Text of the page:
We have now survived six months of a twittler presidency so I am taking a moment to reflect back on the past six months and create my own personal list of the good for me as a result of the election before I get to the regular weekly what went right for 7/22/17.
I have met hundreds of really cool, inspiring, strong, and committed people who stand for and believe in progressive values, making many new friends along the way. I had a wonderful weekend trip to DC with over half a million of my friends. I have grown closer to my friends after spending countless hours with them making posters, writing postcards, attending protests and fundraisers and I have come to learn that I am proud of the character of the people who have been a part of my life for years.
I have learned about all the planning and hard work that goes into putting together protests, fundraisers, and civil disobedience. I have been trained on many new legal skills and how to keep people safe at a protest and put those skills to good use providing legal assistance to protestors and immigrants. I have learned how to be more supportive of, and act in a way that makes those differently abled and different from me feel more included. I am so much more educated and knowledgeable about topics such as the Black Lives Matter movement, abortion access across of the country, and mundane things like federal rule making, methane gas regulations and Dodd-Frank regulations. Not only do I know my elected officials, but I have their numbers on speed dial, and I am well versed in the names of dozens of legislators, the committees they sit on, their state, and how they voted on key issues. I can find the status of a bill in every state with one hand tied behind my back.
The walls of my home are filled with colorful, creative, witty, handmade, inspiring posters. I made old and new friends happy when I learned how to crochet and started making piles of pink pussy hats to share with them. I was able to use my money not just to buy unnecessary material things, but to become a new “card carrying” member of so many great organizations such as the ACLU, Planned Parenthood, SPLC, HIAS, National Lawyers Guild, and the NRDC. I have freed up space in my apartment by using the Facebook group “pay it forward’ to send my surplus medical supplies to those in need from states that haven’t expanded Medicaid.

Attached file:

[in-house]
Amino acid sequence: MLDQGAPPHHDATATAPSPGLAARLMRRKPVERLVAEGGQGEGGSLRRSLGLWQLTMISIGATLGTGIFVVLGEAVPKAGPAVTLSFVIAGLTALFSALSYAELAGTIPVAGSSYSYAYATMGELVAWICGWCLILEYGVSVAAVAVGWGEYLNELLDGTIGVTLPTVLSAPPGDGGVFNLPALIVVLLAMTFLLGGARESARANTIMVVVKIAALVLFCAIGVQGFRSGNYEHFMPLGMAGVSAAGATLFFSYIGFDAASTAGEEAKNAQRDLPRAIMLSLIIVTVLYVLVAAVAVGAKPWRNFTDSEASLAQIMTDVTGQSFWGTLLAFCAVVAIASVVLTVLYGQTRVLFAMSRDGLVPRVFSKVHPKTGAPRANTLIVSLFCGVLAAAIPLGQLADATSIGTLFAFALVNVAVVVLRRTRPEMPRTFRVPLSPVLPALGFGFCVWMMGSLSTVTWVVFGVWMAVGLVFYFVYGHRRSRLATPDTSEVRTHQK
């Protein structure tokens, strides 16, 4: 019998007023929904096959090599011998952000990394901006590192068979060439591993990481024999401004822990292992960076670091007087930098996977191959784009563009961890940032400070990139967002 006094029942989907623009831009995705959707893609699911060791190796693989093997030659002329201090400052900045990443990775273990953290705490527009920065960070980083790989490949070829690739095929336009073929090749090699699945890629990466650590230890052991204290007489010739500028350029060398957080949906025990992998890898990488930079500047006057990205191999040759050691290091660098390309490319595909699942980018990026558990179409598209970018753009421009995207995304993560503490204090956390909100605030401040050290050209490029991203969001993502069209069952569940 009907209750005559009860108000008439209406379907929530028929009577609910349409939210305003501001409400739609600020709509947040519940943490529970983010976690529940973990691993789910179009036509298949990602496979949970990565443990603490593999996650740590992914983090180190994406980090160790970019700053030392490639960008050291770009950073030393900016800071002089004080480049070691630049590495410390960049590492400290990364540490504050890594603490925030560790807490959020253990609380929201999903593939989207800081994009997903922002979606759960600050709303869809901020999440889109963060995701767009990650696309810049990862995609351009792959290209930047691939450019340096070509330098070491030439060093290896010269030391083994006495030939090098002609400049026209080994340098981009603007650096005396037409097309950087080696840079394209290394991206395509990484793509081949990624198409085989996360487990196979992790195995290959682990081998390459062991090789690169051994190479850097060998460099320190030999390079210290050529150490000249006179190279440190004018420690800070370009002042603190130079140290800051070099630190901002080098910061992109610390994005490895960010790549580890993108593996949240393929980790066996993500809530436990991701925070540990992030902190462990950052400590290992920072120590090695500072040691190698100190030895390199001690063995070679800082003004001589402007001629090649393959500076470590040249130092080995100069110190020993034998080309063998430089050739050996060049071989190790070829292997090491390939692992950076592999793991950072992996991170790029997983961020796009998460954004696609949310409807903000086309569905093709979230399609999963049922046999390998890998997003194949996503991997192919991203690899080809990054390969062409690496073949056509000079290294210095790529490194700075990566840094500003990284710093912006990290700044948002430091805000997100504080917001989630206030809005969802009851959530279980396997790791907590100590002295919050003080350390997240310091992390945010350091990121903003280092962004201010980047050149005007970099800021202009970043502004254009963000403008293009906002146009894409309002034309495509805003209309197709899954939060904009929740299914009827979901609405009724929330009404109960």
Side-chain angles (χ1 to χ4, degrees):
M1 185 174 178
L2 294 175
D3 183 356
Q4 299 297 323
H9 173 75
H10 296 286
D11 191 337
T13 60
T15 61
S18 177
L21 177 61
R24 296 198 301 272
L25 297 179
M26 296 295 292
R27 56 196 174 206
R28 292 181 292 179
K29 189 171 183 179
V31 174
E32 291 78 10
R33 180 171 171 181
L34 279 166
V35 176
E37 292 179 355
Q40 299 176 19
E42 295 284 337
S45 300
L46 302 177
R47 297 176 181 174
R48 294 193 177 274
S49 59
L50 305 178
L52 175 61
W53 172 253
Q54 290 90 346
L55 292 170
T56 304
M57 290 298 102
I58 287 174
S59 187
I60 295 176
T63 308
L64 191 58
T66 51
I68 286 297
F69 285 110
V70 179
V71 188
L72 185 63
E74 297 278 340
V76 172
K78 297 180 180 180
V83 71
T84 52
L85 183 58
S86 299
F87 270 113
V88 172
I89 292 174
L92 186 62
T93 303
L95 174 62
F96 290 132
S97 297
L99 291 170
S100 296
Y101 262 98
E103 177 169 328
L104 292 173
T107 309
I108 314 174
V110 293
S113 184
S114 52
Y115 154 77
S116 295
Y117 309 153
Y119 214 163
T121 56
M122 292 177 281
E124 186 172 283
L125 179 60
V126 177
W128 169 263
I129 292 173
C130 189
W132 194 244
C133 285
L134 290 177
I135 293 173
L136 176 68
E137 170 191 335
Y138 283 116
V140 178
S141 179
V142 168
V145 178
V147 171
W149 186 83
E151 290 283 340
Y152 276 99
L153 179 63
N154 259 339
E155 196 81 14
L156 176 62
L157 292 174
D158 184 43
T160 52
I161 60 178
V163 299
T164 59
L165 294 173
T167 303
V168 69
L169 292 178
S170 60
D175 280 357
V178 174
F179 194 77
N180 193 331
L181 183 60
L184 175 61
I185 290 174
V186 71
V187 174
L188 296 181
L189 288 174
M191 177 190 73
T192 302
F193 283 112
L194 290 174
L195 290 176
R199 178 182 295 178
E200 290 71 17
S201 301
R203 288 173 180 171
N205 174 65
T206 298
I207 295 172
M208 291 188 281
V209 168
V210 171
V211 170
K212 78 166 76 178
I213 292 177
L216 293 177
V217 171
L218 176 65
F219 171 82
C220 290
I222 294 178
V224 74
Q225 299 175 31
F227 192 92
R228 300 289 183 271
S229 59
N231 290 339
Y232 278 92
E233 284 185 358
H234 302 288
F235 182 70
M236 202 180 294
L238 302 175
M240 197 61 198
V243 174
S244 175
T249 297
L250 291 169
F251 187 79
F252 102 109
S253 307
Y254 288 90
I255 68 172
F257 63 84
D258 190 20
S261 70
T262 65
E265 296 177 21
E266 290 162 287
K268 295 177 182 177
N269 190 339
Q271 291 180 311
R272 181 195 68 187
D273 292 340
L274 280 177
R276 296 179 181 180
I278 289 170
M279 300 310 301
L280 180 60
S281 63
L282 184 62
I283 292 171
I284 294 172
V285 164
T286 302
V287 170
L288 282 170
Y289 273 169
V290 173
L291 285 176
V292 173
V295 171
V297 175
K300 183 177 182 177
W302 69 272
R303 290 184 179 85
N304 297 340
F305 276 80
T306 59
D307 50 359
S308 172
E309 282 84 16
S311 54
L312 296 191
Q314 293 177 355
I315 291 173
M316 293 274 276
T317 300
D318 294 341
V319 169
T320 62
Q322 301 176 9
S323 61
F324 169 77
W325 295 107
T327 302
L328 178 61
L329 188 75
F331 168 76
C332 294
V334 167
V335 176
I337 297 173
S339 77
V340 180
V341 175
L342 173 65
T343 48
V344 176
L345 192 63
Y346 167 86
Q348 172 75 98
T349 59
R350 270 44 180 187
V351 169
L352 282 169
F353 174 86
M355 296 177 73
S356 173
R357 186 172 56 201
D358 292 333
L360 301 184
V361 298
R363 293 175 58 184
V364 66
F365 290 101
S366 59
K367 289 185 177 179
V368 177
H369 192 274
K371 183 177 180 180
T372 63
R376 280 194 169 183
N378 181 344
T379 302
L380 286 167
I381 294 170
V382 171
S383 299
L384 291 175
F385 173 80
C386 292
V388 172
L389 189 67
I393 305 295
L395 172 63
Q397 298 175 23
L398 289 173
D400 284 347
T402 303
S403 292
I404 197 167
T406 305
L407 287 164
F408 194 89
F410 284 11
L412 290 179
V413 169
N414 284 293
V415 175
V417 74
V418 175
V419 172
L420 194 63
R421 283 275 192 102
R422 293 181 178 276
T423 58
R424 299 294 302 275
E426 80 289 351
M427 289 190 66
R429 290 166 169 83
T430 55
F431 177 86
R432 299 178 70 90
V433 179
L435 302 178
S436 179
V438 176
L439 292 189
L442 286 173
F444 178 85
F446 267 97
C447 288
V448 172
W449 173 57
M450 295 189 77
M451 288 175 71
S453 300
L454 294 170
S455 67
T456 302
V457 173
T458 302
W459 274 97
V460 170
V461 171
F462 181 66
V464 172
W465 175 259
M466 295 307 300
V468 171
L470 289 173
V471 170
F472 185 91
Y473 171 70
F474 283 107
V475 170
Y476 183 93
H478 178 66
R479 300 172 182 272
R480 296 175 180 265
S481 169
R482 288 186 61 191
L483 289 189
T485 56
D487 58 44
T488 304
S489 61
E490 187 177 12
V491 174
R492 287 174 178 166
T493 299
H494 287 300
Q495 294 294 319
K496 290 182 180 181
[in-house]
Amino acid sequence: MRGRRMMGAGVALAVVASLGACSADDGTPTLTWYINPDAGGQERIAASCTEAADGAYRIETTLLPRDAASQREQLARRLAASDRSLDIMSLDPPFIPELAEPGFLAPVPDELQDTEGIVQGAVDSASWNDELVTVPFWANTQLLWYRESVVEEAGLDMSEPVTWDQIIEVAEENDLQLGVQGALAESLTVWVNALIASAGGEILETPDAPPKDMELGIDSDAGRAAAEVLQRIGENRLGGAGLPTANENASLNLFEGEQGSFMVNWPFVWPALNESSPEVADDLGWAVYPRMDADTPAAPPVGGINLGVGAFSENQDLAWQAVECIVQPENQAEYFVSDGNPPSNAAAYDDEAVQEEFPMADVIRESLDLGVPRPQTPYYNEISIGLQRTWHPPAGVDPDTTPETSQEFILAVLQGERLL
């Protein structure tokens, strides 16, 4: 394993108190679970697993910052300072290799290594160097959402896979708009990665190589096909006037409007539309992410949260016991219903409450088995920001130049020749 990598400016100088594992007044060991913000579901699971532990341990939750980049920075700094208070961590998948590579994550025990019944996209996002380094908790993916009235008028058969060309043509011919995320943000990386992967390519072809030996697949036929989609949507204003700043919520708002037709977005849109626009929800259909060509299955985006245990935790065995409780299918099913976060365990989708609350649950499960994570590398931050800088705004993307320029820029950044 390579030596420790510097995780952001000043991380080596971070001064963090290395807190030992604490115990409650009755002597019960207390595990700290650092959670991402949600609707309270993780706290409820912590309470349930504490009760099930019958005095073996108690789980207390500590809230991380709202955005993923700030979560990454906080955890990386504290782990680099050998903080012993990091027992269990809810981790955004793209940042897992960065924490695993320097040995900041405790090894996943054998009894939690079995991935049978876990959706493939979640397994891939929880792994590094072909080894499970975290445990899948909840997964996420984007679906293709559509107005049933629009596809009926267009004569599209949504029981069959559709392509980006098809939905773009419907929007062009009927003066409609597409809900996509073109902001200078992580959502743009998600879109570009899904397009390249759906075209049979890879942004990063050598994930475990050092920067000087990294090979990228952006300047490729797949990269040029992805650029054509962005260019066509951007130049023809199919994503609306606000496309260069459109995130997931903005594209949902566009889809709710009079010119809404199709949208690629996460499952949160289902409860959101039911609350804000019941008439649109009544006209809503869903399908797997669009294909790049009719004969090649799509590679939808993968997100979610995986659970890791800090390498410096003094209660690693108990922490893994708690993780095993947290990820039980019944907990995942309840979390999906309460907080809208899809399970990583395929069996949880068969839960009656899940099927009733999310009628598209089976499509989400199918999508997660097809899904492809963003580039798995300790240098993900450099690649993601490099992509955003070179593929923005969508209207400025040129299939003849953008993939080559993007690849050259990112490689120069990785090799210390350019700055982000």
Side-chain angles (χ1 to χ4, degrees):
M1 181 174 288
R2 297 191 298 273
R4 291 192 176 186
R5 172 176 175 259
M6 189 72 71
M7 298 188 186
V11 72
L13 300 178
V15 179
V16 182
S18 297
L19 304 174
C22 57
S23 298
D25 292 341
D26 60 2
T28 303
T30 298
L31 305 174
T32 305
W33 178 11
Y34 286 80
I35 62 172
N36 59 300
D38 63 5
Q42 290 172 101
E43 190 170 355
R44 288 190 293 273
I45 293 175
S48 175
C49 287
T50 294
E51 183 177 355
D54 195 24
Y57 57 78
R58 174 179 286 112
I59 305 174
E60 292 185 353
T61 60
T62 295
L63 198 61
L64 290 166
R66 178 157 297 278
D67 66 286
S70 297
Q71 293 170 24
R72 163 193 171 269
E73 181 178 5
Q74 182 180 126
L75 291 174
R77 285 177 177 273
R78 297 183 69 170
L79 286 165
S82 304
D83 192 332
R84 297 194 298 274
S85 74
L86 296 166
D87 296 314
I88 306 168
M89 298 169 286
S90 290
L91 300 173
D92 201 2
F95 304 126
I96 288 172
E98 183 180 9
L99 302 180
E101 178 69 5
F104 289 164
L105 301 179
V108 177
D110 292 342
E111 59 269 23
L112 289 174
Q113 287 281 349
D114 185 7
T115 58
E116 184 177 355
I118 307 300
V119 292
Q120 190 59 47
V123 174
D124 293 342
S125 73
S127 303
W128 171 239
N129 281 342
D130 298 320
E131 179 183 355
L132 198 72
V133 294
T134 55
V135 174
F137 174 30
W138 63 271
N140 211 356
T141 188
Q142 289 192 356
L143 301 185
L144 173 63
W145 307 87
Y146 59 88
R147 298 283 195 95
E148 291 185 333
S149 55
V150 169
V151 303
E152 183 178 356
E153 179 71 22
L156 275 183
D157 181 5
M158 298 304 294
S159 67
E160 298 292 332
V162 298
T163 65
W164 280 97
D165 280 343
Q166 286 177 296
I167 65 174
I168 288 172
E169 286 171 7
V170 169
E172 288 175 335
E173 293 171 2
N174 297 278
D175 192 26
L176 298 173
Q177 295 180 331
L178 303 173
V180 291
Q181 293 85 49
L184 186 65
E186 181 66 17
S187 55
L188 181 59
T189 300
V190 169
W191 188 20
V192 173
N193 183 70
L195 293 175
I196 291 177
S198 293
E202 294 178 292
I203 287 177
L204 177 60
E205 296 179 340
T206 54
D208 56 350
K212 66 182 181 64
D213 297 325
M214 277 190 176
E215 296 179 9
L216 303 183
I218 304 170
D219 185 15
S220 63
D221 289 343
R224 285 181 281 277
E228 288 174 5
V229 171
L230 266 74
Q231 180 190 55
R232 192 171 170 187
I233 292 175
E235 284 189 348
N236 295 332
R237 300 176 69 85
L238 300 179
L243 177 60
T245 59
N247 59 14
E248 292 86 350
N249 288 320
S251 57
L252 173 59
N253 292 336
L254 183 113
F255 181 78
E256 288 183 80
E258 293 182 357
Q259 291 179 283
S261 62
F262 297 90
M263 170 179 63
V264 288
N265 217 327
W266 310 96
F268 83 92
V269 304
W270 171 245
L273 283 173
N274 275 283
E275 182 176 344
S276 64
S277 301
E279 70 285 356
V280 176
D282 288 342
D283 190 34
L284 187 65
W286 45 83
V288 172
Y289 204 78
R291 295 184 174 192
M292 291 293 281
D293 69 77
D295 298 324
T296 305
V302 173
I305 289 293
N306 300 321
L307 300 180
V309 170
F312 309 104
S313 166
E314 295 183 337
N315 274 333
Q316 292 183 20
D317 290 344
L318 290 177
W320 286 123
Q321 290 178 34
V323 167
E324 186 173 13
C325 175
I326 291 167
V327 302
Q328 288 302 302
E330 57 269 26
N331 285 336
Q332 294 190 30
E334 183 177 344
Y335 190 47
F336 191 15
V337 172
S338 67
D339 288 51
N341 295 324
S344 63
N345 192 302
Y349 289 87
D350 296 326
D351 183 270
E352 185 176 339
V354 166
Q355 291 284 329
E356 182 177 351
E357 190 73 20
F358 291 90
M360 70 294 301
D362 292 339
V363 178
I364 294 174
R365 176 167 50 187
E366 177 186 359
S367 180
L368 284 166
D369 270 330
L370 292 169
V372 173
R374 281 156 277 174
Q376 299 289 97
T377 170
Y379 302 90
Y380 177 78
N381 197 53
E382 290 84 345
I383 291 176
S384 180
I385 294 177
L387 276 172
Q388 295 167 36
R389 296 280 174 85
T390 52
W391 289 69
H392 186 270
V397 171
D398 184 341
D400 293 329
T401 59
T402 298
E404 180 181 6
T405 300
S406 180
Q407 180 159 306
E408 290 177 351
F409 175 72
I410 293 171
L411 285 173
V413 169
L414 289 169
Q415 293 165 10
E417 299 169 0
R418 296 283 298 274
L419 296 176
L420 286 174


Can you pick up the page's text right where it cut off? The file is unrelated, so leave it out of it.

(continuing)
I have stronger leg and arm muscles from countless hours of marching and sign holding. I am grateful that I am alive to write this summary because I still have life-saving healthcare, have not been obliterated in a nuclear war or had my family separated because of immigration laws. I would love for you to share in the comments what positive things happened for you in the past six months as a result of the election.
Now on to your regularly scheduled edition of What Went Right for the week ending 7-22-17
DEFENDING IMMIGRANTS – The Supreme Court has allowed the lower court ruling expanding the exemptions for extended family members such as grandparents to stand. Homeland Security has authorized an increase of 15,000 H-2B visas for low-wage, seasonal workers in fisheries, hospitality and other industries a 45% increase in the number of visas normally issued. NYC Commission on Human Rights brought a civil complaint against a landlord who reported his tenants to ICE after they filed a complaint about him to a city agency in violation of a city law that prohibits discrimination based on immigration status or national origin. Laredo voted to join the lawsuit against the Texas bill prohibiting “sanctuary cities”.